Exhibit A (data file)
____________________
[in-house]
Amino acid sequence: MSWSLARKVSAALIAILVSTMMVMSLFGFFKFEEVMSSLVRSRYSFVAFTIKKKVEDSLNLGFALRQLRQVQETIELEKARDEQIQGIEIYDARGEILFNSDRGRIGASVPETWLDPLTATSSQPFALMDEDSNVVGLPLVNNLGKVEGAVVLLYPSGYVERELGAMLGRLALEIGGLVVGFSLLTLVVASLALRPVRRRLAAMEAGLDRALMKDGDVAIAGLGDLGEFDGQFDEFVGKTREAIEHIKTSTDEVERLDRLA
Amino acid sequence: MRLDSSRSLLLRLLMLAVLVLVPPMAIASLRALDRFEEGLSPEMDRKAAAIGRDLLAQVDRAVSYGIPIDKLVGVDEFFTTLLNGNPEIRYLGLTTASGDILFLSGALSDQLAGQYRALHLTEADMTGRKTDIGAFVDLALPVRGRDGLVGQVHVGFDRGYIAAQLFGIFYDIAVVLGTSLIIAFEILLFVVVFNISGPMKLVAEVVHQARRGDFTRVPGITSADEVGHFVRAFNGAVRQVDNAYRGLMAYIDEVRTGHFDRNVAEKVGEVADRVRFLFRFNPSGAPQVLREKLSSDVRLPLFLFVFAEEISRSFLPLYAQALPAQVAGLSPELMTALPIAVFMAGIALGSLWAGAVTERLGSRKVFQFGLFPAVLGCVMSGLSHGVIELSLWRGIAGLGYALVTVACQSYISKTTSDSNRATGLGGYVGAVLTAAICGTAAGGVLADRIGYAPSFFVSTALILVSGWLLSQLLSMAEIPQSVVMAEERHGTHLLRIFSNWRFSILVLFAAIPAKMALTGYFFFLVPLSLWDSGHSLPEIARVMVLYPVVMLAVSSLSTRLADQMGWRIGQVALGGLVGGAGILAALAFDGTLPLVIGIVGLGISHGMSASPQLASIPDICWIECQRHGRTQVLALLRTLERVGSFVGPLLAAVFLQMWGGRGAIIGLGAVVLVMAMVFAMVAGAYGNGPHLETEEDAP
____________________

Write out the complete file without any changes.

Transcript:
[in-house]
Amino acid sequence: MSWSLARKVSAALIAILVSTMMVMSLFGFFKFEEVMSSLVRSRYSFVAFTIKKKVEDSLNLGFALRQLRQVQETIELEKARDEQIQGIEIYDARGEILFNSDRGRIGASVPETWLDPLTATSSQPFALMDEDSNVVGLPLVNNLGKVEGAVVLLYPSGYVERELGAMLGRLALEIGGLVVGFSLLTLVVASLALRPVRRRLAAMEAGLDRALMKDGDVAIAGLGDLGEFDGQFDEFVGKTREAIEHIKTSTDEVERLDRLA
Amino acid sequence: MRLDSSRSLLLRLLMLAVLVLVPPMAIASLRALDRFEEGLSPEMDRKAAAIGRDLLAQVDRAVSYGIPIDKLVGVDEFFTTLLNGNPEIRYLGLTTASGDILFLSGALSDQLAGQYRALHLTEADMTGRKTDIGAFVDLALPVRGRDGLVGQVHVGFDRGYIAAQLFGIFYDIAVVLGTSLIIAFEILLFVVVFNISGPMKLVAEVVHQARRGDFTRVPGITSADEVGHFVRAFNGAVRQVDNAYRGLMAYIDEVRTGHFDRNVAEKVGEVADRVRFLFRFNPSGAPQVLREKLSSDVRLPLFLFVFAEEISRSFLPLYAQALPAQVAGLSPELMTALPIAVFMAGIALGSLWAGAVTERLGSRKVFQFGLFPAVLGCVMSGLSHGVIELSLWRGIAGLGYALVTVACQSYISKTTSDSNRATGLGGYVGAVLTAAICGTAAGGVLADRIGYAPSFFVSTALILVSGWLLSQLLSMAEIPQSVVMAEERHGTHLLRIFSNWRFSILVLFAAIPAKMALTGYFFFLVPLSLWDSGHSLPEIARVMVLYPVVMLAVSSLSTRLADQMGWRIGQVALGGLVGGAGILAALAFDGTLPLVIGIVGLGISHGMSASPQLASIPDICWIECQRHGRTQVLALLRTLERVGSFVGPLLAAVFLQMWGGRGAIIGLGAVVLVMAMVFAMVAGAYGNGPHLETEEDAP